As a busy Mom, you may not have given much thought to taking care of your credit score, especially if you’re in a position where more money flows out then flows in each month, or if you’re in a position where the money you do receive comes in at a slower rate than your bills each month.
What Exactly Is A Credit Score?
Your credit score is derived by the three major credit bureaus – Experian, Equifax, and TransUnion—on the information recorded on your credit report. This information is the only thing that affects your credit score.
Why It’s Important To Have Good Credit
Here are 5 reasons why it’s important to have a good credit score:
1. It determines how much credit you can receive, including getting approved for a loan.
2. If it is a low score, you will not be able to get credit.
3. If you do have a low score and do get credit, you will fall into a high-risk category.Consequently, your interest rates will be much higher compared to someone who has a good credit score.
4. If you get a long-term loan despite low credit score – for instance, for a student loan, car loan, home equity loan, or home mortgage – you will be paying thousands, if not tens of thousands more in interest, than someone else.
5. It may affect your ability to get hired by an employer if any of the work involves dealing with finances. After the financial crisis in 2008, employers run a background and credit check as a way to screen out employees because of so many applicants for any advertised position.
How to Improve Your Credit Score
Fortunately, even if your credit score is lower than you would like, there are some things that you can do. If you have a really poor financial history, you can take steps to remove bad credit by consulting with a credit repair service like Lexington Law.
Also, try these three things to bring your credit score up again:
1. Handle your credit cards in a different way.
If you have been using your credit cards to even out your cash flow, you have fallen into the credit card trap, which is to persuade people to buy more than they earn because the credit card will carry the balance for you.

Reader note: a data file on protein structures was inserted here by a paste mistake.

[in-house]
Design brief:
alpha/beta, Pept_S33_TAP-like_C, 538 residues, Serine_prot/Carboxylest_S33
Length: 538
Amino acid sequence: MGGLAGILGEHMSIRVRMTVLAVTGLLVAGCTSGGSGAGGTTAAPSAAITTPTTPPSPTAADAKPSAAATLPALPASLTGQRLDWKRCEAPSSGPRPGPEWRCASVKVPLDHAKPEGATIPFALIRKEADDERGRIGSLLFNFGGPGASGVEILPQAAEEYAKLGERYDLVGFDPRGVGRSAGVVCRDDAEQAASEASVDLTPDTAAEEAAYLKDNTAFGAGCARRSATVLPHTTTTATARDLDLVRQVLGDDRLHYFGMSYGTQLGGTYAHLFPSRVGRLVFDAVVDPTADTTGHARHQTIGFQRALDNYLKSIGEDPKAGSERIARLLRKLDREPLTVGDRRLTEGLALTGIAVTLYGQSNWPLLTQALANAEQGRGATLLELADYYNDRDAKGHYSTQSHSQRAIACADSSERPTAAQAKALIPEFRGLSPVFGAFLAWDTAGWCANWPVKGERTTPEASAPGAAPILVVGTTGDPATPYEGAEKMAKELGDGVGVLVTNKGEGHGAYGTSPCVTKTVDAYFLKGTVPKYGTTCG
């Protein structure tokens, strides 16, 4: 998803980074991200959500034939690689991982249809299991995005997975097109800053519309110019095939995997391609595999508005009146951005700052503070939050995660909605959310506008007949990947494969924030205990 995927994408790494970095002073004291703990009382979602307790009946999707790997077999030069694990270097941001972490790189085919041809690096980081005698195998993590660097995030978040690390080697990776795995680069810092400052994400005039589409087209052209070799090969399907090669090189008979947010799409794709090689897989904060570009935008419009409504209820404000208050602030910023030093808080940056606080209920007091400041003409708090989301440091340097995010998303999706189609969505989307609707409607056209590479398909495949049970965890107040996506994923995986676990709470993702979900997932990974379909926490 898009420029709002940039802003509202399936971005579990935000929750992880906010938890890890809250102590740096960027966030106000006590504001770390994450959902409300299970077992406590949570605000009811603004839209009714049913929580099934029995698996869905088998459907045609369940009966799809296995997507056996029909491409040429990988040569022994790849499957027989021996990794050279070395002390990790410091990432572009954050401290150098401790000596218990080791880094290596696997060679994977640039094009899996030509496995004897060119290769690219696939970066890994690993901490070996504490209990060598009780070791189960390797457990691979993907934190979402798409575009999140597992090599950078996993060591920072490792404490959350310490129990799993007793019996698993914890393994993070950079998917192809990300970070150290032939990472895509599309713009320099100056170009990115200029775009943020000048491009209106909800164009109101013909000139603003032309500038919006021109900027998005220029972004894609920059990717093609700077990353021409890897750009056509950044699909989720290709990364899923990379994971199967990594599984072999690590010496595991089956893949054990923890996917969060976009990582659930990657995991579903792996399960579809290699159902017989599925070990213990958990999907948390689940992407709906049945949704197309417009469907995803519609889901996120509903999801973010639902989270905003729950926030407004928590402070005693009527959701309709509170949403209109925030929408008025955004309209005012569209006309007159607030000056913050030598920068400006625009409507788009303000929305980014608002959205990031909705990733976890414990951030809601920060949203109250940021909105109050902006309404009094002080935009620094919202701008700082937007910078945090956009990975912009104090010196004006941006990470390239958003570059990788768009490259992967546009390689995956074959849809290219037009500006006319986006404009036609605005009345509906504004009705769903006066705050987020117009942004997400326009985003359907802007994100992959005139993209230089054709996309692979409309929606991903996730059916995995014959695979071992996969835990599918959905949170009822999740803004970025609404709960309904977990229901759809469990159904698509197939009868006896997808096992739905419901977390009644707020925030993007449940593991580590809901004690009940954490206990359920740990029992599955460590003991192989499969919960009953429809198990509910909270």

On the surface of it, credit cards are a way to balance your budget and help you make smart financial decisions. Unfortunately, a credit card makes it easier to spend more money than you earn. You may often believe that this is not a problem because you can then use the money you earn later on to catch up on what you owe. However, the result of this way of using credit cards is that over time, your credit card balance will increase while your ability to pay it off in a timely way will decrease.
The way to handle credit cards is to only put on them what you can afford to pay off when your credit card bill arrives. Avoid paying minimums, pay the full amount, and, above all, avoid paying late. You will not only slash fees and interests, but improve your credit score by showing that you are able to handle a major credit card in a responsible way. Even keeping a low balance of 35 percent of your credit limit is enough to hurt your credit score.
2. Get a loan.
Although this may sound like a counterintuitive way of building up your credit score, this is how it works: paying off a loan on time every time your minimum payment is due will establish your ability to stay on top of debt. If you get a car loan, for example, only buy a car that you can pay off your installments each month without delay. You’ll be surprised to find out after paying off your loan that the next time you apply for a loan, your interest rate is much likely to be noticeably lower. When applying for a loan, get one from your local credit union as they are much more helpful in helping you to bring up your credit scores than banks.
3. Don’t close your credit card accounts.
Again, this is counterintuitive. If having credit accounts in the past, hurt your credit score, it might lead you to believe that you should seal off your lines of credit and forego the convenience of credit cards. Actually, closing your credit cards may damage your credit score, especially if you have a large number of accounts. The trick is to have all your credit card accounts open, but only use a few that you can pay off in full before the due date. Avoid the temptation to rack up charges on all your credit cards, hoping to minimize the overall balance. If having too many credit cards is too big a temptation, then cut up the majority of your credit cards without closing your accounts.